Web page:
US 2306027 A
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1942- f M. w. swAN E'Y 2,306,027
HYDROCULTURAL PROPAGATION Filed March 9, 1959 INVENTOR Patented Dec. 22, 1942 HYDROCULTURAL PROPAGATION Miller W. Swaney, Verona, N. J assignor to Ellis Laboratories, Inc., a corporation of New' Jersey Application March 9, 1939, Serial No. 260,688
2 Claims. (CI. 47-38) This invention relates to improvements in the hydroculture of plants. It involves also the simultaneous hydroculture of species of plants and fish.
It is an object of this invention to propagate plants with nutrient liquids, the latter being simultaneously aerated and circulated over the roots of plants. Another object of this invention comprises propagating fish in the liquid nutrient media utilized in maintaining plant growth by hydrocultural means.
There are two main divisions of plant hydroculture, namely, water culture, and aggregate culture. In the former method, a plant is suspended above an aqueous nutrient solution, containing the chemical elements necessary for plant growth; and the plants roots are allowed to dip into the chemical solution. In the aggregate method, a plant is supported by sand, cinder, gravel, or other suitable aggregate, and an aqueous nutrient solution is allowed to flow continuously or at regular intervals, over this aggregate. In so doing, the nutrient medium thereby comes in contact with the plant's roots, I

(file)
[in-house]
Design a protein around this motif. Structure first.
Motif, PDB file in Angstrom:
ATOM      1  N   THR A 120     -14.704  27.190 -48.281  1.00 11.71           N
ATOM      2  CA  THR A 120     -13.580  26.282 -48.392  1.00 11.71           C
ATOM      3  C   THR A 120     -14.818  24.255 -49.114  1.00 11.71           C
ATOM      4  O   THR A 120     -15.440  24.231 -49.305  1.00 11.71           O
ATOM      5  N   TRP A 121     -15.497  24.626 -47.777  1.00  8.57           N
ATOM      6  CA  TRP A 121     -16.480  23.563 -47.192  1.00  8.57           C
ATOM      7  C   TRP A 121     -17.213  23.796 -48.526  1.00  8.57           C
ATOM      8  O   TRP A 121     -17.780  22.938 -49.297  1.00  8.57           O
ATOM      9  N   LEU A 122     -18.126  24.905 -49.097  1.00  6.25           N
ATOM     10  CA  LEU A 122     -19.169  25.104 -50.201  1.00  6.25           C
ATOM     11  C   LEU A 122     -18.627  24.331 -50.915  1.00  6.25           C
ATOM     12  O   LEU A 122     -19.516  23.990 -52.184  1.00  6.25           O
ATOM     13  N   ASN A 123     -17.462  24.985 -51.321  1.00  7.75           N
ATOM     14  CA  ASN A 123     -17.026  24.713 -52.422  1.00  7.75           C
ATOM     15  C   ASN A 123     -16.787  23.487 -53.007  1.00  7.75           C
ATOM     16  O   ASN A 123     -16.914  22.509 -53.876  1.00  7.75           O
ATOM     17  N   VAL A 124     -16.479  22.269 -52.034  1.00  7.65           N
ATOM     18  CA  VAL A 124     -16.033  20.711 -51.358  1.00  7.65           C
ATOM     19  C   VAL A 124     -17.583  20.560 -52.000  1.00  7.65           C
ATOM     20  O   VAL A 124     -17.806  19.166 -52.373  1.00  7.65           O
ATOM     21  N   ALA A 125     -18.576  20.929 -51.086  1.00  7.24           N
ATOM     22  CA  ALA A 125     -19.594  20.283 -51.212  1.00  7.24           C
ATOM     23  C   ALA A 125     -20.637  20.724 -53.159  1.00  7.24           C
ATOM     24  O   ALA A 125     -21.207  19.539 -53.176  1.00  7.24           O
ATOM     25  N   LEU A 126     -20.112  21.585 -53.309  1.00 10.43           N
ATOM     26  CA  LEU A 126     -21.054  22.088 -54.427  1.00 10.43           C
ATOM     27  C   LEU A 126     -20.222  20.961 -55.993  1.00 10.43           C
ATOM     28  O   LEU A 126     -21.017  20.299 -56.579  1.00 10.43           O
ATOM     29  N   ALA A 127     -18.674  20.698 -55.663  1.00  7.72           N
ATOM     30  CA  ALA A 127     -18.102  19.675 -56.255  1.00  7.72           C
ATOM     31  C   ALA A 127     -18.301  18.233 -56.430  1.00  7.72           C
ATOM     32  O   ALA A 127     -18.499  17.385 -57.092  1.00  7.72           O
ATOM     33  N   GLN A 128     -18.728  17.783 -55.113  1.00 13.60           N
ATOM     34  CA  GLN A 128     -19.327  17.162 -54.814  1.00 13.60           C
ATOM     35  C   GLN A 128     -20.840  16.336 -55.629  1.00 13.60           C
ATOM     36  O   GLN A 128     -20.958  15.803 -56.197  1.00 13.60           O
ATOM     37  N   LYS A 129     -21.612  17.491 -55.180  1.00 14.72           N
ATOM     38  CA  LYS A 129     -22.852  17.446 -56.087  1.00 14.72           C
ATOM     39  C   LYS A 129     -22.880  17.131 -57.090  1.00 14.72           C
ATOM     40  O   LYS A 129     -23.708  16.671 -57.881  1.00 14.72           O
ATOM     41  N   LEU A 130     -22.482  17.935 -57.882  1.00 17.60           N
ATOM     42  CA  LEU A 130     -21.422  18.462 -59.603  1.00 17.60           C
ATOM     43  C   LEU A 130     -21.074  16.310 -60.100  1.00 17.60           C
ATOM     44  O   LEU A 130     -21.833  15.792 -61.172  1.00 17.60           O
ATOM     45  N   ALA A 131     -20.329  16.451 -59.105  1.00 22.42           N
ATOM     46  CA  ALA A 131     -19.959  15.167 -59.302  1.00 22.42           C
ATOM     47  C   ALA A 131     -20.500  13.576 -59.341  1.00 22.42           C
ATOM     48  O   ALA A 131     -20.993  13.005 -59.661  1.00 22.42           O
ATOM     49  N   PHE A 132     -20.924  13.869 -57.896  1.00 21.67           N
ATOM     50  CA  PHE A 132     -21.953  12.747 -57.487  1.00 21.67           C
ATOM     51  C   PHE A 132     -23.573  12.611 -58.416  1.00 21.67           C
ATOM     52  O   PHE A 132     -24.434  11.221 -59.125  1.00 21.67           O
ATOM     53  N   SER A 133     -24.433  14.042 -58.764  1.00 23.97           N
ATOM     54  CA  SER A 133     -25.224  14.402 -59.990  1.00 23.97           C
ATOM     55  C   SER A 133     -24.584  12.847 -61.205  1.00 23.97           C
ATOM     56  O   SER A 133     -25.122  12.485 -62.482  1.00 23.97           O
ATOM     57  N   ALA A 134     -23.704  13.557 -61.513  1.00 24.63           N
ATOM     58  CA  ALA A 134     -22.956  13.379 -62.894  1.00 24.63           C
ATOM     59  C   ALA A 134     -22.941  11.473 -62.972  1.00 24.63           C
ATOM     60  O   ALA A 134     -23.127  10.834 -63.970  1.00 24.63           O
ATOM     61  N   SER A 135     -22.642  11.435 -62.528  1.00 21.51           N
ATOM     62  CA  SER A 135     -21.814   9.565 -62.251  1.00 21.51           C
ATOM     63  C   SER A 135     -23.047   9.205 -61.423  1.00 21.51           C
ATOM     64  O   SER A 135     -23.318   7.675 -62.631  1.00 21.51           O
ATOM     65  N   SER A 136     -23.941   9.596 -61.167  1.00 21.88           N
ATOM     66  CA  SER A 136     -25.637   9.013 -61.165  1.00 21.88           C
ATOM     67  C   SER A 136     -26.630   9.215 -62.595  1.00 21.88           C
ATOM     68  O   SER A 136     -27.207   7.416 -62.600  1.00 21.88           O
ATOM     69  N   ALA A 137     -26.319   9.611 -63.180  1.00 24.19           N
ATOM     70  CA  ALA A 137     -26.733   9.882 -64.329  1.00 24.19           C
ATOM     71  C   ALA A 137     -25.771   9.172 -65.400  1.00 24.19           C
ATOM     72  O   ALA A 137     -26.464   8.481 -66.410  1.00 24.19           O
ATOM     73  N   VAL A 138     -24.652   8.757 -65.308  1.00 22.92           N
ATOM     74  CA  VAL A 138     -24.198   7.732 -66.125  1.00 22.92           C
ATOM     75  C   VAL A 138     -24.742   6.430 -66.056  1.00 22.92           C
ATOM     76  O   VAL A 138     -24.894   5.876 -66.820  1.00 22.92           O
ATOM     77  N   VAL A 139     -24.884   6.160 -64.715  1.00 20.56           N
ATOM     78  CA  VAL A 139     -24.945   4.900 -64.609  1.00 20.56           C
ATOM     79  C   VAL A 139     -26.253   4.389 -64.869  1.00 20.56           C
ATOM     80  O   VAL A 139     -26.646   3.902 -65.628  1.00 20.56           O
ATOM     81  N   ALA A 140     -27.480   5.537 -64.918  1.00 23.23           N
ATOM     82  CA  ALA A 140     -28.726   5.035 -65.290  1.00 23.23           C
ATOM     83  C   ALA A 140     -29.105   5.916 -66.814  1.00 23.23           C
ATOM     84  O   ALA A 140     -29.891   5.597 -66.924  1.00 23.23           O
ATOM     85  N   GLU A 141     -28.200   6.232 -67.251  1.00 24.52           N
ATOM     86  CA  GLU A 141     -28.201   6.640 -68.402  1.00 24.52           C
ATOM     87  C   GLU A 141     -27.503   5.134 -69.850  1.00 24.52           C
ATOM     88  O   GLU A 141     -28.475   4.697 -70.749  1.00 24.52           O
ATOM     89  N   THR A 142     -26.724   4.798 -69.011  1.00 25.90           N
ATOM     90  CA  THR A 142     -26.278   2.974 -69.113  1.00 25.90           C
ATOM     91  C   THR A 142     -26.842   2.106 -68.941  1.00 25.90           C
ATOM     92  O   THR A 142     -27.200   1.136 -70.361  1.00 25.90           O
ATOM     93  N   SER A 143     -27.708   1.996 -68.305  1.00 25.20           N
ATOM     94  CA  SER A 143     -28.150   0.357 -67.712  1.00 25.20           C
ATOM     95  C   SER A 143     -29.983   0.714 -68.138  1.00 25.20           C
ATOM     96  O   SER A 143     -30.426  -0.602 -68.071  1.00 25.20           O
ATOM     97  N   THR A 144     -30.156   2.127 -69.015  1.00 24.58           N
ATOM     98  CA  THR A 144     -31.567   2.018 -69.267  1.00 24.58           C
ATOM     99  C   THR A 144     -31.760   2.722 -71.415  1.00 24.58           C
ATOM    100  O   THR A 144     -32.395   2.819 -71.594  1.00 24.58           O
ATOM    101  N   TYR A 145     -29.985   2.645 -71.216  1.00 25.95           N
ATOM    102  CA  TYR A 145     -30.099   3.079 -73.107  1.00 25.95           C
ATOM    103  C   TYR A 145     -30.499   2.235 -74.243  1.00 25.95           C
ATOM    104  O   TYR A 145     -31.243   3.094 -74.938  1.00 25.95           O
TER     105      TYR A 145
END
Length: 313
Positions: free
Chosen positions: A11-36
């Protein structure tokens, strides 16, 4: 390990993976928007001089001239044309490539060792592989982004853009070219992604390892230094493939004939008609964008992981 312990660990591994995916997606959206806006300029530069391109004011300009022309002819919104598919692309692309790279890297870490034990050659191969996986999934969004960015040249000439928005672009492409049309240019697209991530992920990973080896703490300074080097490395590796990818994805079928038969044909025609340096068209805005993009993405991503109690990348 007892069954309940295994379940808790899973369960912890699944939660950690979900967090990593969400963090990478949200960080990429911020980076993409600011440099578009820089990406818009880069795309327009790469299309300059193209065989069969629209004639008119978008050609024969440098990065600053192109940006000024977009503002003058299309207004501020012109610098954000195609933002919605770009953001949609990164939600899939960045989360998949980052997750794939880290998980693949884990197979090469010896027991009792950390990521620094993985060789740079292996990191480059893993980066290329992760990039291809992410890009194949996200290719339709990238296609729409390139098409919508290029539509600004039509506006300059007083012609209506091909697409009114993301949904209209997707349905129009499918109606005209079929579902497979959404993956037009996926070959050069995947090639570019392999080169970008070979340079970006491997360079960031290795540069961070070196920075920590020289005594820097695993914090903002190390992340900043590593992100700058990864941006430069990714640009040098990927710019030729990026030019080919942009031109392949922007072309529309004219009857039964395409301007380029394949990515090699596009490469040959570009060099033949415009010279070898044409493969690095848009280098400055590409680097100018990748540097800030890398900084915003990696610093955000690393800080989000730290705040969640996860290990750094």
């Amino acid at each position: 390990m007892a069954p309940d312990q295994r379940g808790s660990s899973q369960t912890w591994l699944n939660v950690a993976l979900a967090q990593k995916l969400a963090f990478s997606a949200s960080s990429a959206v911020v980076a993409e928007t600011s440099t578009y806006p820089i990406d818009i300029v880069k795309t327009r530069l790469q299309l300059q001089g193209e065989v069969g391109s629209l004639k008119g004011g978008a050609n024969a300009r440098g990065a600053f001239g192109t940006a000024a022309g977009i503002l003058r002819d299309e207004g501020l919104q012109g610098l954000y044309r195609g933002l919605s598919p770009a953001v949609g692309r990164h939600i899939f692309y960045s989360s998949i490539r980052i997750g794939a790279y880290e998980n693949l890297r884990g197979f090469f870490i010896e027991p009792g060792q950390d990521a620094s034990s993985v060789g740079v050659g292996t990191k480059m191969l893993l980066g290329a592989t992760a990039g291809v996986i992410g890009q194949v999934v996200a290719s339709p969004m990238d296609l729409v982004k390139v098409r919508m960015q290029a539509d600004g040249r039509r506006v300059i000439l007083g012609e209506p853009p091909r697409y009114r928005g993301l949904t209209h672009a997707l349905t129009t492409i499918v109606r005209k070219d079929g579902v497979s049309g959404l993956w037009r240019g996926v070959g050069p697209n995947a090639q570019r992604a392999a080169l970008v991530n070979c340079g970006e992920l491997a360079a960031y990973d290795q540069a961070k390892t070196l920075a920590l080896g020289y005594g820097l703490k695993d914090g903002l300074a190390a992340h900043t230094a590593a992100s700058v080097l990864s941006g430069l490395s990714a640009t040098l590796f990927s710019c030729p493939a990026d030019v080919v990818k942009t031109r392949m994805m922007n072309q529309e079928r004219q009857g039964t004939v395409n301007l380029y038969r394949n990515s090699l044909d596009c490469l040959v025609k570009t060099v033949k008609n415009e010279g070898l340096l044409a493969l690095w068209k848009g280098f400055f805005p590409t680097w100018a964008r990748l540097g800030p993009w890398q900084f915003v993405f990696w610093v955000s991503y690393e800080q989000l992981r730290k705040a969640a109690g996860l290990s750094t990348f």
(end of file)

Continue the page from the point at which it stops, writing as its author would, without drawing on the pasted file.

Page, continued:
The nutrient solution used in either case contains, in dissolved form, salts of the elements known to support plant life. These are, namely,
nitrogen, phosphoruapotassium, calcium, magnesium, sulphur, iron, boron, zinc, copper and manganese. Potassium and phosphorus may be in the form of mono-potassium phosphate, KH2PO4, magnesium and sulphur as magnesium sulphate, and so on. These salts and elements are dissolved in the proper ratios and concentrations to produce desirable plant growth. A typical nutrient composition is given in Example 1. The growing or maintenance of fish in a nutrient solution used for supporting plant growth, I have hereinafter referred to as the simultaneous hydrocultural propagation of plants and fish.
Now, I have made certain improvements in apparatus applicable for hydroculture methods of plant propagation. I have devised means of maintainingthe nutrient solution in circulatory flow, during which flow it comes in contact with the plants roots and in addition,air, by which it is efiectively aerated. I have also devised means of recirculating solution that has been used so that substantially no mechanical losses occur.